Role of wearable activity monitors in improving the level of activity in people aged over 55 years

Pictures: Dashboard of a activity tracker, a wearable activity tracker, a participant who we interviewed on Skype showing us the clip-on activity tracker, and another participant who we interviewed in a face-to-face setting

Project details

In our digital health wearables research programme funded by Sir Halley Stewart Trust and the ESRC Impact Acceleration Award, we have been investigating the role of wearable activity monitoring technologies in the health and well-being of people - aged 55 years and over, carers, and the people being cared for.

Example technologies include activity trackers from Fitbit, Garmin and Samsung, and smart watches. Typically, these devices record steps walked, floors climbed, sleep patterns, calories expended and heart rate.

In this blog-post, we discuss how the activity monitors are helping people aged over 55 years towards their activity and fitness:

  • to raise awareness of their activity levels;
  • to improve and maintain their activity levels.

Research Data sources

  • Survey with people aged over 55 years who are using the activity trackers on their experience of using activity monitors for self-monitoring and self-management of health: n=516 (female: 341; male: 173; 2 respondents didn't specify their gender) of the following age groups: 
    • 55-64 years: 362;
    • 65-74 years: 139;
    • 75-84 years: 13; and
    • 85 and older: 1.
  • Interviews with 10 participants aged over 55 years.

How the use of devices has influenced people over 55 years?

The survey results for question 13 (n=476) show that, out of all the participants, 375 said that they are now  more conscious of their level of activity; followed by 256 who said that they compared their own progress in time, and 217 who had become more active now (please see the data-chart below).

Q13: How has the use of devices influenced you? (please choose ALL that apply)

Answered: 476, skipped: 40

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Some of the comments from the survey-participants on how the use of activity monitors have influenced them:

It is very useful for me to understand how the type of activity I'm involved helps me to build my level of fitness. (65-74 years, female, survey)

I am more informed on what I am eating, how much sleep I am getting and how active I am. (55-64 years, female, survey)

The device motivates me to be active through beating challenges and meeting targets. (55-64 years, male, survey)

People find it helpful to compare their fitness and health levels over previous days, weeks or months (256 participants in the survey and in the data-chart above):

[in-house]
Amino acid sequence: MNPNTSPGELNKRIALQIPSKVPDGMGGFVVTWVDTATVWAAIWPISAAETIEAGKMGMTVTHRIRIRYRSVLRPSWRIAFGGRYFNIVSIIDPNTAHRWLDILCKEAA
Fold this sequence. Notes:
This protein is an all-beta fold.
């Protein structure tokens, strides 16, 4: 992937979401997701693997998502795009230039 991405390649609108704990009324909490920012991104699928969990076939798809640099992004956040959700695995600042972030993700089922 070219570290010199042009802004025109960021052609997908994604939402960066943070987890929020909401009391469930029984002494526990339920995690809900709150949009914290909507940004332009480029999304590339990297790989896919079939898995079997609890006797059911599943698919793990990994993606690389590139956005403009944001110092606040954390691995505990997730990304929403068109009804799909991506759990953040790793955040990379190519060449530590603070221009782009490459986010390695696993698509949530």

“So I wear it all the time and the [tracker] sends me a weekly report so I can look at what my heart rate has been doing for the whole week, which is a really useful function.” (65-74 age, male, interview)

Improving and maintaining activity levels and health

On a day-to-day basis, the activity trackers make them aware of their inactivity/activity:

“I haven’t gone very far today. And I’ll look at it, like now, and I’ll say, “I’ve only done 1,000 steps”. Come on, come on, get up and move around, do something”. (55-64 years, female, interview)

In terms of monitoring health related issues, activity trackers have helped people monitor their activity if they suffer from any heart-related conditions and lung conditions such as chronic obstructive pulmonary disease (COPD). Trackers have helped them to stay active, which has had a positive influence on their medical condition.

A male user who has an untreatable lung condition has used his activity tracker to improve his step count which in turn has improved his condition over time:

When I first got the activity tracker, I had a poor period of health for about three months. […] Then got really busy. […] this year […] I’m well online to meet my minimum target of 20,000 a day. I’ll probably exceed that by the end of the year unless my health turns bad and knocks me back a bit. […]

...but the one [thing] I can say is that since I started with the lung condition the more I’ve been walking the less problem I’ve had with it. Whether that’s a proper correlation or not, I don’t know. That’s certainly been the fact, the more walking I’ve done the less problems my lungs have been.” (65-74 years, male, interview)

ESRC Impact Acceleration Award

Despite the wide-spread use of wearable activity monitors by older people (e.g. gifts by concerned relatives) and carers, our research has shown that the functionality of these devices is not informed by the kinds of activities that these users undertake, their digital skills, their data requirements, data management and security. In the project that has received the ESRC Impact Acceleration Award, we are involved in a knowledge exchange programme to communicate the requirements to manufacturers for improving the design of activity monitoring technologies (and digital health wearables, in general) for older users, carers and medical professionals.

Project team

Academics: Dr. Duncan Banks (OU), Dr. Kate Hamblin (Oxford University) Dr. Caroline Holland (OU), Dr. George Leeson (Oxford University) Ms. Catherine McNulty (OU), Professor Shailey Minocha (OU) and Dr. Ana-Despina Tudor (OU)

Collaborators: Age UK MK (Jane Palmer), Carers MK (Sue Bowering and Robert Benn) and Samsung UK (Rohit Ail and Qian Shen)

Research Managers: Louise Thomas (OU) and Katia Padvalkava (Oxford University)